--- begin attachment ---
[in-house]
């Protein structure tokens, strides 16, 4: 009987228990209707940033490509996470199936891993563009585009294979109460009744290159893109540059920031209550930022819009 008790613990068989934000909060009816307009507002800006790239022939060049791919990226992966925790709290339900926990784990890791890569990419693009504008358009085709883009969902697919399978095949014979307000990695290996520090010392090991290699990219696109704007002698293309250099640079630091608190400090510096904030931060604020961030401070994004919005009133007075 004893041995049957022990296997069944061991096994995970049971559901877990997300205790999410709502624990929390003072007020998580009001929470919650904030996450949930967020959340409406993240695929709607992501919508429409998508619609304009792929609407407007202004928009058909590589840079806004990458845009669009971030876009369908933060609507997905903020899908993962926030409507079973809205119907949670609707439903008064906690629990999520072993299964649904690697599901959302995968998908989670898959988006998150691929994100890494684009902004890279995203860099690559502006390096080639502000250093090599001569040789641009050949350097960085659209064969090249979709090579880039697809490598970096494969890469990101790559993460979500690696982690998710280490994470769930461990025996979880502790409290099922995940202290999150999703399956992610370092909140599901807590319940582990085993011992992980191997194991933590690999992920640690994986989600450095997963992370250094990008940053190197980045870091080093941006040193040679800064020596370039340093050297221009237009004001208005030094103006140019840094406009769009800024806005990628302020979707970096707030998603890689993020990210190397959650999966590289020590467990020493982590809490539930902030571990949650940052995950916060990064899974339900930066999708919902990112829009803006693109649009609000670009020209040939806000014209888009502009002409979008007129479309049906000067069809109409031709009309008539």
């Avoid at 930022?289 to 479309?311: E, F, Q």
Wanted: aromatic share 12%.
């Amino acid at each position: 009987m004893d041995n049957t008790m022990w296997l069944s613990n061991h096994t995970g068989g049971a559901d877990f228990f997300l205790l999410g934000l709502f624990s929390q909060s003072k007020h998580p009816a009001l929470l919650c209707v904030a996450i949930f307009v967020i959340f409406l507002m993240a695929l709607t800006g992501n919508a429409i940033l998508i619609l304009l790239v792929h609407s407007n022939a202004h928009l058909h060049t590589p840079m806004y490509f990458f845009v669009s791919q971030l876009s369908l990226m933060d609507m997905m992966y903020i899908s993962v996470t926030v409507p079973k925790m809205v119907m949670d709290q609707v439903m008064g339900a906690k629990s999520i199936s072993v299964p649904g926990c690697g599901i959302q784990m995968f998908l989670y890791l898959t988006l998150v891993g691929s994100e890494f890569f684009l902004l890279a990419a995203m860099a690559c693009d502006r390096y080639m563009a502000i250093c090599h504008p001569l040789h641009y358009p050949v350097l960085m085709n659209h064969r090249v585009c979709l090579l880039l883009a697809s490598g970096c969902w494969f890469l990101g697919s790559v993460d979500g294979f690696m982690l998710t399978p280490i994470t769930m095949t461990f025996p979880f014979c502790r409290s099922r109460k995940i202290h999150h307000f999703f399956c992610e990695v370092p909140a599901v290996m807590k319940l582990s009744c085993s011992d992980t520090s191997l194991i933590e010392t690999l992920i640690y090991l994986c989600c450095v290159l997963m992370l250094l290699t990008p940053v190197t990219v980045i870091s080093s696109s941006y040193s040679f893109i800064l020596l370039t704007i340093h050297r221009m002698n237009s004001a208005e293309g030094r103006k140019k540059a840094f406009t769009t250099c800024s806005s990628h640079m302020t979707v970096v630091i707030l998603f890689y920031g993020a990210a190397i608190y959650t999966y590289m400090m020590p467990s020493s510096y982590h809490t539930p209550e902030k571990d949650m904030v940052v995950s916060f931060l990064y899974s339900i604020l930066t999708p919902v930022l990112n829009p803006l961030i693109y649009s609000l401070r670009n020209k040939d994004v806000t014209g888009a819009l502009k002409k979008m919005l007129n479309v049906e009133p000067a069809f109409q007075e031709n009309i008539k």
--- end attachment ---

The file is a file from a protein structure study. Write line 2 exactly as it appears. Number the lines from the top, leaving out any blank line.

């Protein structure tokens, strides 16, 4: 009987228990209707940033490509996470199936891993563009585009294979109460009744290159893109540059920031209550930022819009 008790613990068989934000909060009816307009507002800006790239022939060049791919990226992966925790709290339900926990784990890791890569990419693009504008358009085709883009969902697919399978095949014979307000990695290996520090010392090991290699990219696109704007002698293309250099640079630091608190400090510096904030931060604020961030401070994004919005009133007075 004893041995049957022990296997069944061991096994995970049971559901877990997300205790999410709502624990929390003072007020998580009001929470919650904030996450949930967020959340409406993240695929709607992501919508429409998508619609304009792929609407407007202004928009058909590589840079806004990458845009669009971030876009369908933060609507997905903020899908993962926030409507079973809205119907949670609707439903008064906690629990999520072993299964649904690697599901959302995968998908989670898959988006998150691929994100890494684009902004890279995203860099690559502006390096080639502000250093090599001569040789641009050949350097960085659209064969090249979709090579880039697809490598970096494969890469990101790559993460979500690696982690998710280490994470769930461990025996979880502790409290099922995940202290999150999703399956992610370092909140599901807590319940582990085993011992992980191997194991933590690999992920640690994986989600450095997963992370250094990008940053190197980045870091080093941006040193040679800064020596370039340093050297221009237009004001208005030094103006140019840094406009769009800024806005990628302020979707970096707030998603890689993020990210190397959650999966590289020590467990020493982590809490539930902030571990949650940052995950916060990064899974339900930066999708919902990112829009803006693109649009609000670009020209040939806000014209888009502009002409979008007129479309049906000067069809109409031709009309008539």